an angel, not a saint
projected by the Self
thru the viewer
testifying to the fact
that all answers lie within.
When I met Richard Rose, I was surprised to meet myself in the form of an unfamiliar familiar old man. When I met Rose I was surprised to find that someone, anyone, had made their life a dedication to finding The Answer. I was chagrined at the time that I hadn't thought of it myself—taking my dreaming and thinking about life and turning it into a career, the only career that ever could matter.
I have my dad's dying to thank for meeting Richard Rose. If he hadn't drowned in Lake Superior in 1985, I wouldn't have spent two years in Germany, living and breathing the unblinking questions, What is? What is? Why? Why? What? I wouldn't have gone to North Florida after leaving the Army where my family had moved to make a new start, leaving painful memories back in Michigan. If I hadn't attended Lake City Community College, I wouldn't have met my first wife in the last semester and wouldn't have followed her to Pittsburgh to attend Pitt, where I was a campus reporter in the spring of '92 covering the first meeting of the Zen Study Group that semester. Later that year, I interviewed Rose on the phone for a story about his coming lecture on Zen.
I was in shock at the funeral of my father. I was eighteen. The guy lying there in the coffin wasn't Dad. When I stood before Rose's coffin twenty years later, I had the same sense of no one home anymore. Only this time, I found myself laughing. "Well you went and did it," I said. I addressed the body in the suit that vaguely resembled Richard Rose. At both funerals, I was saying goodbye to the same person.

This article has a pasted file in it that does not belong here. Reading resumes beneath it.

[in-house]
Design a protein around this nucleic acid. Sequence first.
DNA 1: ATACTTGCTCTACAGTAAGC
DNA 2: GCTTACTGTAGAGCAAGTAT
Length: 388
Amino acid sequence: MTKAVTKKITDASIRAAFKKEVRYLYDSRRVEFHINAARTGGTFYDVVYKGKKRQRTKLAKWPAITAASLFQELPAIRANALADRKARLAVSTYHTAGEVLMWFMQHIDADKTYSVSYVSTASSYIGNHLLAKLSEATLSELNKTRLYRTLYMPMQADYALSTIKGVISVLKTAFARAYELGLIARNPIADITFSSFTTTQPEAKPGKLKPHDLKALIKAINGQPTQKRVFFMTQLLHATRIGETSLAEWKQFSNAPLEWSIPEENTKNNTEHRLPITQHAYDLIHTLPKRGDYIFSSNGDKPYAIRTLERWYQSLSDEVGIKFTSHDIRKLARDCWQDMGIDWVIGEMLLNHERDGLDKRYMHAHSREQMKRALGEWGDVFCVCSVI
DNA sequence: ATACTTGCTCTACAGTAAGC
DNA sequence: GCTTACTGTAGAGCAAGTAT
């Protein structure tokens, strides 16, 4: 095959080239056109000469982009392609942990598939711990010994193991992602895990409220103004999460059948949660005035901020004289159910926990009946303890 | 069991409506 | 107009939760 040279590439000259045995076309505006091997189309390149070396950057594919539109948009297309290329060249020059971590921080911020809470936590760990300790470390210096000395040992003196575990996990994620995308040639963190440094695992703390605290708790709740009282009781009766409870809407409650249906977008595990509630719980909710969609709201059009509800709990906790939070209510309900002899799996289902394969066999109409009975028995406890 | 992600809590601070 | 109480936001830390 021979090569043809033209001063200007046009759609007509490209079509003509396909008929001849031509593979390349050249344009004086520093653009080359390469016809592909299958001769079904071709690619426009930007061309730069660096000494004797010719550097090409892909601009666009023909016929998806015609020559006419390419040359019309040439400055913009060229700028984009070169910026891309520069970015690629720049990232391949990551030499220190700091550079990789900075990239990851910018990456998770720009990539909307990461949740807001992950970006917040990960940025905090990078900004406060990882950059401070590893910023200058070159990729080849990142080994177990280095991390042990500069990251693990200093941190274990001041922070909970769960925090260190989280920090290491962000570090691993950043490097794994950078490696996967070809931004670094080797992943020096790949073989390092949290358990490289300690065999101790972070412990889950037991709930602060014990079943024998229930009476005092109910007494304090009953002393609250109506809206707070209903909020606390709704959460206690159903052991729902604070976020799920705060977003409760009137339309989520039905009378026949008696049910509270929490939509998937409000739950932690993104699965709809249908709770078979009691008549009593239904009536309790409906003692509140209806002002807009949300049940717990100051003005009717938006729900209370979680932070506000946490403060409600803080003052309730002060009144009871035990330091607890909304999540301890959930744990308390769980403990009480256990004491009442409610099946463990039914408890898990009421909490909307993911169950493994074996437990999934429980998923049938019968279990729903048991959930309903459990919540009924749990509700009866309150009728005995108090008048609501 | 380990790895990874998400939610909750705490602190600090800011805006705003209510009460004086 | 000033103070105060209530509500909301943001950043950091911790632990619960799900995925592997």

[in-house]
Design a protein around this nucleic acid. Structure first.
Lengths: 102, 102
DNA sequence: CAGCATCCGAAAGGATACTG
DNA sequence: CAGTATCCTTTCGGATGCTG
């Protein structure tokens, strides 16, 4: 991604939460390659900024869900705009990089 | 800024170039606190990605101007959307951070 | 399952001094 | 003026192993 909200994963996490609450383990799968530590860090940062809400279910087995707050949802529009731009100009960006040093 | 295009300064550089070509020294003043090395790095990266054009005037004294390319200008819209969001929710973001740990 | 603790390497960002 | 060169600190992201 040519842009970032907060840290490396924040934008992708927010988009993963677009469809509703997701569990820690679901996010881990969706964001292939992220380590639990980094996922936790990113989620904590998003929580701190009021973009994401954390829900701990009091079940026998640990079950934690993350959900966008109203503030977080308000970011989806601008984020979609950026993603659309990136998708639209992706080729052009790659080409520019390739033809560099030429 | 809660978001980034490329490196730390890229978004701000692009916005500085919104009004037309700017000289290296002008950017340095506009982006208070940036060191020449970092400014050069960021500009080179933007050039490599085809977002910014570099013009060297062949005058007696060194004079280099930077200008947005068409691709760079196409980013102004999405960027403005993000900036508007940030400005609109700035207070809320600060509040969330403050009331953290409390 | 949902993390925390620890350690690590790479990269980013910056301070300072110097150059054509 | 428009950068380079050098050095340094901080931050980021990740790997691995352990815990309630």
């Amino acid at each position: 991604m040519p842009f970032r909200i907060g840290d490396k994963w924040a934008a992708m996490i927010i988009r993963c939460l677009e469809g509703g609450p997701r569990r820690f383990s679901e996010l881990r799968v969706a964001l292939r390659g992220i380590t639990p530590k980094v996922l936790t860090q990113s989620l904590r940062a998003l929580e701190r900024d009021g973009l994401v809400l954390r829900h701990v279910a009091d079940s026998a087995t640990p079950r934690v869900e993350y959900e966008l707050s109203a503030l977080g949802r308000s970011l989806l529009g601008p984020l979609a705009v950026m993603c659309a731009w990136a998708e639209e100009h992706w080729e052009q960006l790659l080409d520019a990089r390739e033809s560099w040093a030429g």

Another TAT member told me that Richard Rose influenced him at least as much as their own father had. I nodded. My dad taught me how to work. But there is no one else who impacted me more than Rose. He was the right person at the right time. If I'd met him earlier I would have thought he was an interesting nut, maybe. Maybe not. I automatically related to this man who was two generations ahead of me and who had marched his life, unexpectedly, to a tune that I somehow recognized.
I heard bells when he spoke. He talked on a wavelength that I had thought only I was on. I didn't think anyone else pondered the unknowns of the universe like I did, staring at the starry winter sky countless times while growing up. Rose's life example inspired me. If he can do it, I can. I wish I had engaged in my own life quest for the Ultimate before meeting Rose. I hope that I would have come up with the notion if I'd never met him. I don't know. Rose said a person's yearning would result in their finding or running into a book or a teacher. I can't argue with that.
I had wanted a personal guru to advise me on what to do with my life, step by step. Rose wasn't interested in the job. He just didn't reinforce me like I wanted and needed. I reluctantly let drop my hopes of such a relationship. By default, I became self reliant. Around this time, I was sitting at the kitchen table in Rose's house in McMechen. "What specific advice can you give to me?" He answered without missing a beat. "Be celibate." It's not what I asked. I wanted spiritual advice. I drove back to Pittsburgh.